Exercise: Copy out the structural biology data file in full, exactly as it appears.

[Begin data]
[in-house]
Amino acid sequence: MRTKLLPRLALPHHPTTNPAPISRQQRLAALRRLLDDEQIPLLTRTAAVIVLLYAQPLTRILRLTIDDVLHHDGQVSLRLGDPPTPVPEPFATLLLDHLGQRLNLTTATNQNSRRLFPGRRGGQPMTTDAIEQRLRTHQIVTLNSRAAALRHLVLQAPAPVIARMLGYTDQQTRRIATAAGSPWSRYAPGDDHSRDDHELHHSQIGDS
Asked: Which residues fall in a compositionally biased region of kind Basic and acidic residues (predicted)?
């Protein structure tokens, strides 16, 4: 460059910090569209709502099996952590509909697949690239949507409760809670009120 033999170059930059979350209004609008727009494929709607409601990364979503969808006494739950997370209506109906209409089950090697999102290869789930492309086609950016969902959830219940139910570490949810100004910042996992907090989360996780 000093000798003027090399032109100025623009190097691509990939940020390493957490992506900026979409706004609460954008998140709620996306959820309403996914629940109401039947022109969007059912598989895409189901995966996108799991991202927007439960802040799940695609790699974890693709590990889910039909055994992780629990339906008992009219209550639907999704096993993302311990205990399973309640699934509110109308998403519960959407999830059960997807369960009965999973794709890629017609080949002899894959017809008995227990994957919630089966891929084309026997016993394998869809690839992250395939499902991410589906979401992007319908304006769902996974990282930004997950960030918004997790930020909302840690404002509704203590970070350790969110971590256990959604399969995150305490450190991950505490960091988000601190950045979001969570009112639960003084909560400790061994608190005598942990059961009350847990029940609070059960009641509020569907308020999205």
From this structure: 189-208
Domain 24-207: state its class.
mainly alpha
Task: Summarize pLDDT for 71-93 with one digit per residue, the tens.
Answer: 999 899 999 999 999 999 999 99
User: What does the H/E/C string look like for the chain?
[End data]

[in-house]
Amino acid sequence: MRTKLLPRLALPHHPTTNPAPISRQQRLAALRRLLDDEQIPLLTRTAAVIVLLYAQPLTRILRLTIDDVLHHDGQVSLRLGDPPTPVPEPFATLLLDHLGQRLNLTTATNQNSRRLFPGRRGGQPMTTDAIEQRLRTHQIVTLNSRAAALRHLVLQAPAPVIARMLGYTDQQTRRIATAAGSPWSRYAPGDDHSRDDHELHHSQIGDS
Asked: Which residues fall in a compositionally biased region of kind Basic and acidic residues (predicted)?
């Protein structure tokens, strides 16, 4: 460059910090569209709502099996952590509909697949690239949507409760809670009120 033999170059930059979350209004609008727009494929709607409601990364979503969808006494739950997370209506109906209409089950090697999102290869789930492309086609950016969902959830219940139910570490949810100004910042996992907090989360996780 000093000798003027090399032109100025623009190097691509990939940020390493957490992506900026979409706004609460954008998140709620996306959820309403996914629940109401039947022109969007059912598989895409189901995966996108799991991202927007439960802040799940695609790699974890693709590990889910039909055994992780629990339906008992009219209550639907999704096993993302311990205990399973309640699934509110109308998403519960959407999830059960997807369960009965999973794709890629017609080949002899894959017809008995227990994957919630089966891929084309026997016993394998869809690839992250395939499902991410589906979401992007319908304006769902996974990282930004997950960030918004997790930020909302840690404002509704203590970070350790969110971590256990959604399969995150305490450190991950505490960091988000601190950045979001969570009112639960003084909560400790061994608190005598942990059961009350847990029940609070059960009641509020569907308020999205």
From this structure: 189-208
Domain 24-207: state its class.
mainly alpha
Task: Summarize pLDDT for 71-93 with one digit per residue, the tens.
Answer: 999 899 999 999 999 999 999 99
User: What does the H/E/C string look like for the chain?